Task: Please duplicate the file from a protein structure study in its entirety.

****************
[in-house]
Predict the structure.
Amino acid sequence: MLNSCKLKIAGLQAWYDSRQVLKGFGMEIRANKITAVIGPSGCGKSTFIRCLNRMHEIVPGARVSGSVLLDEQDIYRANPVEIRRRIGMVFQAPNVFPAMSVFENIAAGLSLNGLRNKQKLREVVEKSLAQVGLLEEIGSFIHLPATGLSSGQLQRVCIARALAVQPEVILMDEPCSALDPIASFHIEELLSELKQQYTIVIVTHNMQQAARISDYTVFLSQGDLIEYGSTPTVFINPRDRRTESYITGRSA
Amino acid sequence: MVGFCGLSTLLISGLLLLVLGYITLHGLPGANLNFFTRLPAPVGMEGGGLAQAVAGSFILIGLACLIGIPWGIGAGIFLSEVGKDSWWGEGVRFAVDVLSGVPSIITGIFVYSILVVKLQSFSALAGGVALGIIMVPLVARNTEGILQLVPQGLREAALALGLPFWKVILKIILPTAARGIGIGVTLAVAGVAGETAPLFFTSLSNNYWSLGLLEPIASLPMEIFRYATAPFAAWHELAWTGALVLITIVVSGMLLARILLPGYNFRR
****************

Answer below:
[in-house]
Predict the structure.
Amino acid sequence: MLNSCKLKIAGLQAWYDSRQVLKGFGMEIRANKITAVIGPSGCGKSTFIRCLNRMHEIVPGARVSGSVLLDEQDIYRANPVEIRRRIGMVFQAPNVFPAMSVFENIAAGLSLNGLRNKQKLREVVEKSLAQVGLLEEIGSFIHLPATGLSSGQLQRVCIARALAVQPEVILMDEPCSALDPIASFHIEELLSELKQQYTIVIVTHNMQQAARISDYTVFLSQGDLIEYGSTPTVFINPRDRRTESYITGRSA
Amino acid sequence: MVGFCGLSTLLISGLLLLVLGYITLHGLPGANLNFFTRLPAPVGMEGGGLAQAVAGSFILIGLACLIGIPWGIGAGIFLSEVGKDSWWGEGVRFAVDVLSGVPSIITGIFVYSILVVKLQSFSALAGGVALGIIMVPLVARNTEGILQLVPQGLREAALALGLPFWKVILKIILPTAARGIGIGVTLAVAGVAGETAPLFFTSLSNNYWSLGLLEPIASLPMEIFRYATAPFAAWHELAWTGALVLITIVVSGMLLARILLPGYNFRR